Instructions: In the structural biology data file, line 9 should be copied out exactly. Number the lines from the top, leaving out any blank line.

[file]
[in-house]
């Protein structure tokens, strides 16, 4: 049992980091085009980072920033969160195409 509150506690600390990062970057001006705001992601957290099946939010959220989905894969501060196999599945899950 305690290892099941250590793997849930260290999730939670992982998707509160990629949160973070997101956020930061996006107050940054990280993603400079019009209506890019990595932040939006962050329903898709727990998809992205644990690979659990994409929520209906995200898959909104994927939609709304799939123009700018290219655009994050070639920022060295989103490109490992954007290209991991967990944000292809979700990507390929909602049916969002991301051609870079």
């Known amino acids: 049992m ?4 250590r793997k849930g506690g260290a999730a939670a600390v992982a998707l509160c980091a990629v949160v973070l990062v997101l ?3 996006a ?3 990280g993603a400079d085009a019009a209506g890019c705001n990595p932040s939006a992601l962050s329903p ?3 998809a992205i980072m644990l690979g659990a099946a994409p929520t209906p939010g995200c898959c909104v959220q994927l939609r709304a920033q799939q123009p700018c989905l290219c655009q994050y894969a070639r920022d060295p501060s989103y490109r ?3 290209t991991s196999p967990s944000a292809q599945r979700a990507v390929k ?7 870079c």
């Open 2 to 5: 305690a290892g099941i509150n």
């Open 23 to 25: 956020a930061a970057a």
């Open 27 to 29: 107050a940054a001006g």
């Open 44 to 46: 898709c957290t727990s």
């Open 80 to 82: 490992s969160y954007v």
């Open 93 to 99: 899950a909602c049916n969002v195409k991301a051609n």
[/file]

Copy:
């Open 93 to 99: 899950a909602c049916n969002v195409k991301a051609n």